“Turkey is a signatory of the European Convention on Human Rights, which entails religious rights. And all European countries have addressed this problem — legal personalities — not Turkey. It is hard to explain why Turkey does not address this issue,” said Gerald Knaus, chairman of the European Stability Initiative (ESI), at the Round-Table Conference on Freedom of Religion in Turkey and the EU Member States, held in İstanbul from Feb. 5-6, 2014.
Knaus referred to a 2010 report by the Venice Commission on the legal status of religious communities in Turkey and the right of the Orthodox Patriarchate of İstanbul to use the adjective “ecumenical.”
In the report, the Council of Europe’s Venice Commission said the recognition of the legal personality of religious minority institutions and communities established in Turkey is a major issue.
A member of Turkey’s Greek community said at the conference that the current Turkish government’s approach to the issue has been friendly, yet there is an attitude of superiority.
“The Greek patriarchate has no legal personality. In regards to the properties confiscated from the minority foundations, yes, they are given back — although there are some problems — but they are given back without an apology, and this giving back is done as if the government is granting a gift.”
Cengiz Aktar, senior scholar of the İstanbul Policy Center, agreed.
“This is Prime Minister [Recep] Tayyip Erdoğan’s style; he kind of donates or grants rights to people; but his decisions are not backed by legal and institutional guarantees. He tells people that ‘I’m in charge of your safety and security.’ This is a bit like in the Ottoman Empire,” he said.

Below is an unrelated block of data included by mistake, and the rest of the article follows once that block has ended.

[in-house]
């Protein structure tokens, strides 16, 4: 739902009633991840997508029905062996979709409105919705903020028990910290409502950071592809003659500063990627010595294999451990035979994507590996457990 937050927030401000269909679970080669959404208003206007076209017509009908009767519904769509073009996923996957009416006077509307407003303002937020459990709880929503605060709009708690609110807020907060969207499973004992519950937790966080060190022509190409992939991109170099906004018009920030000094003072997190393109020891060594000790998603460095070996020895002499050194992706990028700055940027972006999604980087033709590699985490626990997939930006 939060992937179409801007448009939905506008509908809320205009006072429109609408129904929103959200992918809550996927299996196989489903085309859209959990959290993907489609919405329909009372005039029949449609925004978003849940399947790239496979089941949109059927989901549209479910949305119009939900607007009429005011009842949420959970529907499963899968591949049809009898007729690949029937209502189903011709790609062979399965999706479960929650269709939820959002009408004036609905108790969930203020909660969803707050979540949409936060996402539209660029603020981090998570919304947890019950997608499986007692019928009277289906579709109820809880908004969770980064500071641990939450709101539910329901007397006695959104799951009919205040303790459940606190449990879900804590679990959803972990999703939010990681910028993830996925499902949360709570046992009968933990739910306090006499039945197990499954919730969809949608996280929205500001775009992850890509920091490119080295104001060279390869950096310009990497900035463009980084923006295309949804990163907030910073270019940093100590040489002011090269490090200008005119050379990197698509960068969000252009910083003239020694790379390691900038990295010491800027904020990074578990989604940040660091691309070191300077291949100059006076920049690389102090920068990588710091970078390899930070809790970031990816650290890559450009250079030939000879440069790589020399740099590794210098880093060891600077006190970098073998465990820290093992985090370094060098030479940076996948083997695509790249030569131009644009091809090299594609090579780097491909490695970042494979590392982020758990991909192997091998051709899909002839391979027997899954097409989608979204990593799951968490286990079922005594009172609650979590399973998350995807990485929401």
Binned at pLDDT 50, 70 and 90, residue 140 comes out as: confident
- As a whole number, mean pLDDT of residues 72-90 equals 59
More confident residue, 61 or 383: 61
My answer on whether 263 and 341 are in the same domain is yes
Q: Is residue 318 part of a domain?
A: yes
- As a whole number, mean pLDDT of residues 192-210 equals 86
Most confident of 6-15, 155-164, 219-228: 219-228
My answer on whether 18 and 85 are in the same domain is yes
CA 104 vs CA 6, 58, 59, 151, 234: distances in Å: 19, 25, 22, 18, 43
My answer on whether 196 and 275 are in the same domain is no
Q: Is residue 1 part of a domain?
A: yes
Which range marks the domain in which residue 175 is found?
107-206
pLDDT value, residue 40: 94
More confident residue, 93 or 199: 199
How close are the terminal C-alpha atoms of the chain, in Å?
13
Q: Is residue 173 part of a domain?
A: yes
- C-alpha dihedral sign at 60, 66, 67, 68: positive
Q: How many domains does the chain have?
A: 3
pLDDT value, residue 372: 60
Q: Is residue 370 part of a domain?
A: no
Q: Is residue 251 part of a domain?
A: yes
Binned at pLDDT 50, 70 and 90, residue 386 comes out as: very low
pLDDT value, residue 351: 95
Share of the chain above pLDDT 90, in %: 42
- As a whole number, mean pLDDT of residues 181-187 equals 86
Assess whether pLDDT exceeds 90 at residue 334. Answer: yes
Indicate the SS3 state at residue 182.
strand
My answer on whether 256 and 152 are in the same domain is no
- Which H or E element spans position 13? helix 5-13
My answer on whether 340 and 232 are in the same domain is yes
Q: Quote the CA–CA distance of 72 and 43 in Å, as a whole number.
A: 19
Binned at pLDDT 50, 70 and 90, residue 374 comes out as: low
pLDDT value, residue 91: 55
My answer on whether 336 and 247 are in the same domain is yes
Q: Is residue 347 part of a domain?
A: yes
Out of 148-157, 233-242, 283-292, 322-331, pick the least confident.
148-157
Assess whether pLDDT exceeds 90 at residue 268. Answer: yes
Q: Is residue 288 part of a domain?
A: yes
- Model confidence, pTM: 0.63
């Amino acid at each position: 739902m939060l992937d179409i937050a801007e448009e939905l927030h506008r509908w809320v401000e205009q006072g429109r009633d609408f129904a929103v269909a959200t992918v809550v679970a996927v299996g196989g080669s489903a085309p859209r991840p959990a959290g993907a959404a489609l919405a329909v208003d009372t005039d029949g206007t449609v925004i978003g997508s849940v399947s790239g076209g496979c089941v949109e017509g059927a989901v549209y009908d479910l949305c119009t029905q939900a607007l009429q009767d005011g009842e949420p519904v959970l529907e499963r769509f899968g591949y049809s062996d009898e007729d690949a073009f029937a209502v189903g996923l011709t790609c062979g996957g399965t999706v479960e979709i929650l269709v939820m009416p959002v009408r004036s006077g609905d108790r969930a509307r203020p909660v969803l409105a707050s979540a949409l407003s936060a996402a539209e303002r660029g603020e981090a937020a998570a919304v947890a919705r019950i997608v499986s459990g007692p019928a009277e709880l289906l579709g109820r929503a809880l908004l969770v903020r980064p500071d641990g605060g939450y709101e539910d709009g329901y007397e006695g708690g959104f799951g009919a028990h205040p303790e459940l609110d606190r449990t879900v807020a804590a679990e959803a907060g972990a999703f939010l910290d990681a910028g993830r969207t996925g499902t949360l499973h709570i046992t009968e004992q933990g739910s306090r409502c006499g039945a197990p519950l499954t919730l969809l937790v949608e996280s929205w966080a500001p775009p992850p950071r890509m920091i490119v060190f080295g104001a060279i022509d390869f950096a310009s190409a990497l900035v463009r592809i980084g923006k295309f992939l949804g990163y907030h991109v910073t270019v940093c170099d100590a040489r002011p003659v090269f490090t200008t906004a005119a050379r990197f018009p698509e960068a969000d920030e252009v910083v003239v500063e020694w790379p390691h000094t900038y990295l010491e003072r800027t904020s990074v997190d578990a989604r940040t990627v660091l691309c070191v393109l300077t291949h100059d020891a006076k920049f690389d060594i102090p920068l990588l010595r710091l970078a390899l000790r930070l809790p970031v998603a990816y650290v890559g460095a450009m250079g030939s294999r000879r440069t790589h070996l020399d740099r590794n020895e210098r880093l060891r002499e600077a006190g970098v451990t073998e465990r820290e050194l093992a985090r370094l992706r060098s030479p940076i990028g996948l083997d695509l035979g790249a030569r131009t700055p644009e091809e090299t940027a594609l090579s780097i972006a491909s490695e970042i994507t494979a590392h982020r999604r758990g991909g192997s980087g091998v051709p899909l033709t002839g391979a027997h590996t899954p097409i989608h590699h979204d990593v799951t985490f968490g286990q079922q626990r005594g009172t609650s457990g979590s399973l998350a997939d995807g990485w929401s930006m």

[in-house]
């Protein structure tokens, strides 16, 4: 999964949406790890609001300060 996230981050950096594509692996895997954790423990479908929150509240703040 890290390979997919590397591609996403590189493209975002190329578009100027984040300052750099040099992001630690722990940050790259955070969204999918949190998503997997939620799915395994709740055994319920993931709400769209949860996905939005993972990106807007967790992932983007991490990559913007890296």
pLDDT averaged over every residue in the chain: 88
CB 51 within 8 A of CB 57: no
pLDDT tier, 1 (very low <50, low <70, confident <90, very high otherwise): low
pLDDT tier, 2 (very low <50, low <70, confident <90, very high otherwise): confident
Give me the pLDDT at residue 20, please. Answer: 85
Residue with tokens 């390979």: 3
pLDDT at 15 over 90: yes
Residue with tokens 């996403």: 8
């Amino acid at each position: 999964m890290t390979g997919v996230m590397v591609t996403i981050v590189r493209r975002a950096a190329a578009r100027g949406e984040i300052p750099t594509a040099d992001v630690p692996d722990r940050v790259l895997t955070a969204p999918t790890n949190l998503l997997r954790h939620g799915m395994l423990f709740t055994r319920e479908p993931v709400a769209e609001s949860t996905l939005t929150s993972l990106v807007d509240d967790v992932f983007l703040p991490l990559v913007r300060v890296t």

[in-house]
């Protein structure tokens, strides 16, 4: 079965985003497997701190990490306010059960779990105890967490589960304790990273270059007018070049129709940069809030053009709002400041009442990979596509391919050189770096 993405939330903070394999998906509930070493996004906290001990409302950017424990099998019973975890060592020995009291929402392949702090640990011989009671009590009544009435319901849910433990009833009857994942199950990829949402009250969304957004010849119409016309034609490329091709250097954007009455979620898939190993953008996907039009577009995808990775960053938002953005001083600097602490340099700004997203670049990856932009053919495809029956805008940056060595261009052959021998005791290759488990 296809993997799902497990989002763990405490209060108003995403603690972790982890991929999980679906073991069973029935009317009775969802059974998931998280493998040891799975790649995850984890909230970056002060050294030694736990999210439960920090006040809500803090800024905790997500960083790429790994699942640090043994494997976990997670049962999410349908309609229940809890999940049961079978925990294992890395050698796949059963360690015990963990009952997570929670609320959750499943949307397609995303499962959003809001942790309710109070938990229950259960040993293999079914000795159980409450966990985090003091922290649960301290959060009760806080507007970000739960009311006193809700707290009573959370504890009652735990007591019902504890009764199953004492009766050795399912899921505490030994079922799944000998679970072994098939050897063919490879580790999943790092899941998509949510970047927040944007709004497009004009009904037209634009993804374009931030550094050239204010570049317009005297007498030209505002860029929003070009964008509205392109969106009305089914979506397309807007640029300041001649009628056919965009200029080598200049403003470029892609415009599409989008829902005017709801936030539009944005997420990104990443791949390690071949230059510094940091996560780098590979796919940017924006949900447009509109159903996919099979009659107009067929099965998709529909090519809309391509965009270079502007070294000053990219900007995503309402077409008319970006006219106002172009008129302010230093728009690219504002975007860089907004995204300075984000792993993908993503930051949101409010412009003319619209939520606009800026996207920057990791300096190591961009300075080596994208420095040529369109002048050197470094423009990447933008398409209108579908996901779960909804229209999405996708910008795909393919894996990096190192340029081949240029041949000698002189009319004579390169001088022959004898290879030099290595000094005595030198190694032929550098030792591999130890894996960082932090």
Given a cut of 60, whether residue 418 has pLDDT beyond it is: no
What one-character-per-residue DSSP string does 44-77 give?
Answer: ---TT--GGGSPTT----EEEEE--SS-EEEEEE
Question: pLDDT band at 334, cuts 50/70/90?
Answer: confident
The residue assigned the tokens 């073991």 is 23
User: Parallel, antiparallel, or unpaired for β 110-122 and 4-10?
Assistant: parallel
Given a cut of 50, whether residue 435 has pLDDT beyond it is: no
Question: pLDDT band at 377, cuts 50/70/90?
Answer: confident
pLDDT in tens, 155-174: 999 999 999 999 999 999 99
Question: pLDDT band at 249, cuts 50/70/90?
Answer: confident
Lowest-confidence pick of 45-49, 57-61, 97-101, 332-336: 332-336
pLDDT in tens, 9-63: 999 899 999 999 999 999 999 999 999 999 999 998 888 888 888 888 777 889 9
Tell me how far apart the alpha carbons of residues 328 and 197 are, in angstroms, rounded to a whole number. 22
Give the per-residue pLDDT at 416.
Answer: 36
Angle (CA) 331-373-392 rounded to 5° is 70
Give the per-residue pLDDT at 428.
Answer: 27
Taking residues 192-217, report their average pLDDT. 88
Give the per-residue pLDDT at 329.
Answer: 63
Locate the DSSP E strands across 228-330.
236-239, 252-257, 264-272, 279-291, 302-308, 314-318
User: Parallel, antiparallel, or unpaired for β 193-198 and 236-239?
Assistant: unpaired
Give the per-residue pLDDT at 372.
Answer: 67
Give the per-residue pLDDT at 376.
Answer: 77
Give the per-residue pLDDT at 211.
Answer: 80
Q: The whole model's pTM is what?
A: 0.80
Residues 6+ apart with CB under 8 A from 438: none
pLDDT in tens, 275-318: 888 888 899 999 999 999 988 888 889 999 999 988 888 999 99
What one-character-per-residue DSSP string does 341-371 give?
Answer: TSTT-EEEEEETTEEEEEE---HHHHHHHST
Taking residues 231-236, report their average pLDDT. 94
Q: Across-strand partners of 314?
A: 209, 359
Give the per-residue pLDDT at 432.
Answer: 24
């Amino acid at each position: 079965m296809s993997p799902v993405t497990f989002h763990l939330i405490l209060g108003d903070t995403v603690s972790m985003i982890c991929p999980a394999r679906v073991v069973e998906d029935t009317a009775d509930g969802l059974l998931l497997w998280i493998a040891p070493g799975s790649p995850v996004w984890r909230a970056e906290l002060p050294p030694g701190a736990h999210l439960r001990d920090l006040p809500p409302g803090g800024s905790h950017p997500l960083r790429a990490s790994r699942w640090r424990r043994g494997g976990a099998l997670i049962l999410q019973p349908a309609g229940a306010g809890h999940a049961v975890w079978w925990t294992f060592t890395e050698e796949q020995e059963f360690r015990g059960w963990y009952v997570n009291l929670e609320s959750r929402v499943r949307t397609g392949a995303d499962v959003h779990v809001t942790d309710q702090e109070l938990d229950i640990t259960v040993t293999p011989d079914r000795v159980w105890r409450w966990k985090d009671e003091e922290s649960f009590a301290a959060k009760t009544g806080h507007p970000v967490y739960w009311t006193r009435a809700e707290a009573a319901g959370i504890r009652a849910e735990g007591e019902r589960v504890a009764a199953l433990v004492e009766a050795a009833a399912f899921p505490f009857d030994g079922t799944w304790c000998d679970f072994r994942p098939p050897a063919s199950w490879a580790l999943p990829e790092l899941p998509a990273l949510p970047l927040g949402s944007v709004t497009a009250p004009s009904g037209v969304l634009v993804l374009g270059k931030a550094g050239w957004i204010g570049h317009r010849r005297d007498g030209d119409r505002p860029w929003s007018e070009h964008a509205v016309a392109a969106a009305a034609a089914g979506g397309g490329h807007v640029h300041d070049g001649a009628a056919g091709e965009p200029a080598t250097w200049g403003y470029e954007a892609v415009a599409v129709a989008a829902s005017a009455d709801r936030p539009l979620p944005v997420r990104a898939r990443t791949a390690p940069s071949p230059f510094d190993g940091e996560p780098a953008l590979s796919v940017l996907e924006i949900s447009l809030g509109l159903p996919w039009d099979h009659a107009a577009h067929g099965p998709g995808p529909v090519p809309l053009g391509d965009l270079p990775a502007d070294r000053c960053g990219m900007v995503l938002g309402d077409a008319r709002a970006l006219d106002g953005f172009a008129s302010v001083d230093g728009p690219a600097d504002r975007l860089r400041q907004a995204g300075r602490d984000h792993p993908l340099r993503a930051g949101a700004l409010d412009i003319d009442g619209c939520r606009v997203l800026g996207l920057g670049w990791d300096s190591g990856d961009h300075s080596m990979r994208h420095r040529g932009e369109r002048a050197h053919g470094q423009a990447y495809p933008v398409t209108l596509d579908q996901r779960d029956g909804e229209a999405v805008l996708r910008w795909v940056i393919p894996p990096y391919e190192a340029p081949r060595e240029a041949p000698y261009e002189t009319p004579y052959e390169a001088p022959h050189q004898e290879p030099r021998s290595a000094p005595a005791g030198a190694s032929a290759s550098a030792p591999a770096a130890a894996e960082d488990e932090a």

According to historian and writer Herkül Millas, though the Justice and Development Party’s approach is more friendly than the Kemalists hard-line approach, it is not modern.
“This is a move from a Kemalist to an Islamist approach; it is not modern. It is a romantic movement related to the Ottoman era. It does not provide liberties to individuals but groups, as it was in the ‘millet’ system for people,” he said.
Another problem the participants discussed is the state’s control of religion in Turkey, where the Religious Affairs Directorate (Diyanet), Turkey’s top Islamic authority, only serves the needs of the country’s Sunni Muslim community.
“We need to have a modern understanding of citizenship and secularism,” Millas said. “Minorities are human beings. They want their citizenship rights; they do not want to be treated like subjects. Being treated like subjects is humiliating. “
Samim Akgönül, a professor from the University of Strasbourg, said that Turkey’s policy of minorities is one of domination.
“It’s time to go beyond the identity of religiousness and move to individuality of groups without identifying them with religion. Identity works against individuality and that is how it was in the Ottoman period. However, the right concepts should be based on free individuals, practicing or not.”
The conference’s participants have debated obstacles confronting reforms in Turkey; perspectives on religious freedom; and the state and Muslim affiliations in Turkey in the 21st century.